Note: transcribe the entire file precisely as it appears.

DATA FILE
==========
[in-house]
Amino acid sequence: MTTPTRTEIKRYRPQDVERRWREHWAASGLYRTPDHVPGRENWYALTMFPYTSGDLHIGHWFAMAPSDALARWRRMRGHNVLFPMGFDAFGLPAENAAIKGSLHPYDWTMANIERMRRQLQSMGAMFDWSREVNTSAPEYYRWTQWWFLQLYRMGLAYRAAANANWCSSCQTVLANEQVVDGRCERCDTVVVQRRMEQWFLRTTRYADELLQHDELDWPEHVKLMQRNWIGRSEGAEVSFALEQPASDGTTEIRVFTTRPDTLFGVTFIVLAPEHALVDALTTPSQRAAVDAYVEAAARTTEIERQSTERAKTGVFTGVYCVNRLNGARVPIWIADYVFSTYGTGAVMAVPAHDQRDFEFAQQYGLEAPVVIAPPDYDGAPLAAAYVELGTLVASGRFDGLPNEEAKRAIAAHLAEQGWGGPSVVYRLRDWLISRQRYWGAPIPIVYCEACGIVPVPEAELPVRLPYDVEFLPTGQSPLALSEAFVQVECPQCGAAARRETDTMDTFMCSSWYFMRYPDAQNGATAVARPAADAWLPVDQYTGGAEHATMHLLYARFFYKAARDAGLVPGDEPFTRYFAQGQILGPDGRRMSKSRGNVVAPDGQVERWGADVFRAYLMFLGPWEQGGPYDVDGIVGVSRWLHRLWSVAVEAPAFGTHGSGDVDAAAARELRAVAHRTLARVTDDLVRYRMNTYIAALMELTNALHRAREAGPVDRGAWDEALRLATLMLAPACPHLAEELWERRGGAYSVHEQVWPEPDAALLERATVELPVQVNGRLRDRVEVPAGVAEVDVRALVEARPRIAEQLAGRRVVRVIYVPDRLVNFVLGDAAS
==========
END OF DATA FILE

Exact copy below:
[in-house]
Amino acid sequence: MTTPTRTEIKRYRPQDVERRWREHWAASGLYRTPDHVPGRENWYALTMFPYTSGDLHIGHWFAMAPSDALARWRRMRGHNVLFPMGFDAFGLPAENAAIKGSLHPYDWTMANIERMRRQLQSMGAMFDWSREVNTSAPEYYRWTQWWFLQLYRMGLAYRAAANANWCSSCQTVLANEQVVDGRCERCDTVVVQRRMEQWFLRTTRYADELLQHDELDWPEHVKLMQRNWIGRSEGAEVSFALEQPASDGTTEIRVFTTRPDTLFGVTFIVLAPEHALVDALTTPSQRAAVDAYVEAAARTTEIERQSTERAKTGVFTGVYCVNRLNGARVPIWIADYVFSTYGTGAVMAVPAHDQRDFEFAQQYGLEAPVVIAPPDYDGAPLAAAYVELGTLVASGRFDGLPNEEAKRAIAAHLAEQGWGGPSVVYRLRDWLISRQRYWGAPIPIVYCEACGIVPVPEAELPVRLPYDVEFLPTGQSPLALSEAFVQVECPQCGAAARRETDTMDTFMCSSWYFMRYPDAQNGATAVARPAADAWLPVDQYTGGAEHATMHLLYARFFYKAARDAGLVPGDEPFTRYFAQGQILGPDGRRMSKSRGNVVAPDGQVERWGADVFRAYLMFLGPWEQGGPYDVDGIVGVSRWLHRLWSVAVEAPAFGTHGSGDVDAAAARELRAVAHRTLARVTDDLVRYRMNTYIAALMELTNALHRAREAGPVDRGAWDEALRLATLMLAPACPHLAEELWERRGGAYSVHEQVWPEPDAALLERATVELPVQVNGRLRDRVEVPAGVAEVDVRALVEARPRIAEQLAGRRVVRVIYVPDRLVNFVLGDAAS